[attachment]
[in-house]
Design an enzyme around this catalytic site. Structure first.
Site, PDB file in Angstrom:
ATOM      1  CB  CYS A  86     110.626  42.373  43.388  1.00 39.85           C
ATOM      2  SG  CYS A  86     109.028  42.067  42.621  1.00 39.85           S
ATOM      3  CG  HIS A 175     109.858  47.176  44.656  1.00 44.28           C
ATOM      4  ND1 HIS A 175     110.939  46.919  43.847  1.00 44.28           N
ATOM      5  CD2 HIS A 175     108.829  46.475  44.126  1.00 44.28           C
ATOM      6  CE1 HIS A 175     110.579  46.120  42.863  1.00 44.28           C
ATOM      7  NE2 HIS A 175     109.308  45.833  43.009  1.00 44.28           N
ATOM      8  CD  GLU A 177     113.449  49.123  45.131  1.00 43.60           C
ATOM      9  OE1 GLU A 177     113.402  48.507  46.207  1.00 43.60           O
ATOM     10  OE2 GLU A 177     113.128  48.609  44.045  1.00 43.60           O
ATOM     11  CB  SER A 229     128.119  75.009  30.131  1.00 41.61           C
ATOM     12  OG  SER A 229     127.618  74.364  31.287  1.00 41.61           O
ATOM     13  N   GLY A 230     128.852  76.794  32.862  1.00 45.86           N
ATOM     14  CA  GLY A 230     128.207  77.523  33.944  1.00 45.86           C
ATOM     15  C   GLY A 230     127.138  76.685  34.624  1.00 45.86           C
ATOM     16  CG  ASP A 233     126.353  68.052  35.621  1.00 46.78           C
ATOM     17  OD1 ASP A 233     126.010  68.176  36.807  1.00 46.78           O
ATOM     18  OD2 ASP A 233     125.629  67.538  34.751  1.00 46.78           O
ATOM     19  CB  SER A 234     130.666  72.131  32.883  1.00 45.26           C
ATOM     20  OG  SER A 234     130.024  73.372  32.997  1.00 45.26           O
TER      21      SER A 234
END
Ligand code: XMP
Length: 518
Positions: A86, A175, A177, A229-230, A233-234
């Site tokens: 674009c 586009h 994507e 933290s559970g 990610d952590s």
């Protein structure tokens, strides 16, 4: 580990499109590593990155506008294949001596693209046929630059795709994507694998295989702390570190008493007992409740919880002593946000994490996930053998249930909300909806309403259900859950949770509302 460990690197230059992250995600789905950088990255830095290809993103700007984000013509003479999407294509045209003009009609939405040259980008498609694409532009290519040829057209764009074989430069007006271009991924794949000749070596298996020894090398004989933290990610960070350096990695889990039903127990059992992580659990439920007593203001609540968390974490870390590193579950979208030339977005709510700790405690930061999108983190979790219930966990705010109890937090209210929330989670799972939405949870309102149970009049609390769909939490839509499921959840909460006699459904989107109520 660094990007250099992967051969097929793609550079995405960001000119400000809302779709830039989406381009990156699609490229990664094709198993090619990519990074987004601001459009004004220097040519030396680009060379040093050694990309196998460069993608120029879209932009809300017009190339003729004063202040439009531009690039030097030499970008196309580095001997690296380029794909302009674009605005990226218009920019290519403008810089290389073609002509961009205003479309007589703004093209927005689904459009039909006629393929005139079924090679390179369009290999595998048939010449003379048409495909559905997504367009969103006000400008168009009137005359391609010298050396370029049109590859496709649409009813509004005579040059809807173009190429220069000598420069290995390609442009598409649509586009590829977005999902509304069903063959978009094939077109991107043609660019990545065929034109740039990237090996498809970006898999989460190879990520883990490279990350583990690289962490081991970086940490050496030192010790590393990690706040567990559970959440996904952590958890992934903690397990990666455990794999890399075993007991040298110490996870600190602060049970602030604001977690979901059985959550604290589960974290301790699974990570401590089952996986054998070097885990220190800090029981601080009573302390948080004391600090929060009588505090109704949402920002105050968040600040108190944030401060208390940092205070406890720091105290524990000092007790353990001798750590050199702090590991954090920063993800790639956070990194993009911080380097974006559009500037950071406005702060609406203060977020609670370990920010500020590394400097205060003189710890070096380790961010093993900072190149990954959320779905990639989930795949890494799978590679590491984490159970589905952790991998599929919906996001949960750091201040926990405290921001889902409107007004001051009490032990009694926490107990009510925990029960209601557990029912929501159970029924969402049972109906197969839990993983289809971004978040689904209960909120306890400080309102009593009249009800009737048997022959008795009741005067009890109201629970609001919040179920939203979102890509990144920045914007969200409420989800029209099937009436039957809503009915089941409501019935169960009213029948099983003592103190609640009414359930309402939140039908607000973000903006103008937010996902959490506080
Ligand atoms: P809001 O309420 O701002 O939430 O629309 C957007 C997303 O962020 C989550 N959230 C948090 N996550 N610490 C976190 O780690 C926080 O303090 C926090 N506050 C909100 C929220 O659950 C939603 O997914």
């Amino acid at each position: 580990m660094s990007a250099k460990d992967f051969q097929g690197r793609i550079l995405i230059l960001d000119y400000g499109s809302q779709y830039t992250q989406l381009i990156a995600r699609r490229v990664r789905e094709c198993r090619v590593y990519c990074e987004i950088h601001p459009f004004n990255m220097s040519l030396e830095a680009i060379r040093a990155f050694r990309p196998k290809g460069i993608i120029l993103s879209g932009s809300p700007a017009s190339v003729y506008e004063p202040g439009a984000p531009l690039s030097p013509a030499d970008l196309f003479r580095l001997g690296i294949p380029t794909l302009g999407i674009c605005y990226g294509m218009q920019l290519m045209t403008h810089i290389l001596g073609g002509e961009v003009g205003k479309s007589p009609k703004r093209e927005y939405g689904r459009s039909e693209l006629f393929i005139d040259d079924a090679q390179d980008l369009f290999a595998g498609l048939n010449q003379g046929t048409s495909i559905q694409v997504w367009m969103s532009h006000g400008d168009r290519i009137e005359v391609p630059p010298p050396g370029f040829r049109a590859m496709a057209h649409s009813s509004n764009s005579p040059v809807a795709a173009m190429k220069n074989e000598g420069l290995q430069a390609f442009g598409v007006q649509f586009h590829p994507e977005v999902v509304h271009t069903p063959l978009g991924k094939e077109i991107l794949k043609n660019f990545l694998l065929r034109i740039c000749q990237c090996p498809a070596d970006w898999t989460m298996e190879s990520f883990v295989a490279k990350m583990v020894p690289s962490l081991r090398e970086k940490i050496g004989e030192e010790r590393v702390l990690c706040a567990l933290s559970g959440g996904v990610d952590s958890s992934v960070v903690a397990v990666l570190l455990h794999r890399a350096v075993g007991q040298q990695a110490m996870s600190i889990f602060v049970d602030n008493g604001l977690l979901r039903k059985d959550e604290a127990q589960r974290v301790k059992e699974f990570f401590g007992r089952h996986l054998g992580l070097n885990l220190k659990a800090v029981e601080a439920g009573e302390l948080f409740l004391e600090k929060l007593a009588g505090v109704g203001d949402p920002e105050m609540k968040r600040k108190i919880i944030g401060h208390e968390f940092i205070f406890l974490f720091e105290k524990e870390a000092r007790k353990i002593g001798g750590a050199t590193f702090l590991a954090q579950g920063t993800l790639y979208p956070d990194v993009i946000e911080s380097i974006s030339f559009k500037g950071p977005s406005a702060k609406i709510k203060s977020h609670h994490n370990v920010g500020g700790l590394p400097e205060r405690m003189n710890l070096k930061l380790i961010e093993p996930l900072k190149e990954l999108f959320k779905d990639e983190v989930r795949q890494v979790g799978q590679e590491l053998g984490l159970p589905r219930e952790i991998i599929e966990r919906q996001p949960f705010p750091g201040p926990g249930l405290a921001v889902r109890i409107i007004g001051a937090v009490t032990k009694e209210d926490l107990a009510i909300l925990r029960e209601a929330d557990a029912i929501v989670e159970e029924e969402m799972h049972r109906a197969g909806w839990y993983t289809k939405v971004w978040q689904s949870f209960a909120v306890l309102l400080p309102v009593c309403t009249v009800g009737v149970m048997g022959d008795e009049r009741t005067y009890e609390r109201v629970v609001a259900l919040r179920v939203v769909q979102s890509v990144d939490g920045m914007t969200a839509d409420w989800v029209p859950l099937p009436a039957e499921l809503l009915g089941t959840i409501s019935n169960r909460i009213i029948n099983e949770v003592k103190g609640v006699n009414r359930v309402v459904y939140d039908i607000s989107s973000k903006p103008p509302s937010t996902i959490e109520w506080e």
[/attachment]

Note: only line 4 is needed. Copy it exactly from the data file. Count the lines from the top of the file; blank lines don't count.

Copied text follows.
ATOM      1  CB  CYS A  86     110.626  42.373  43.388  1.00 39.85           C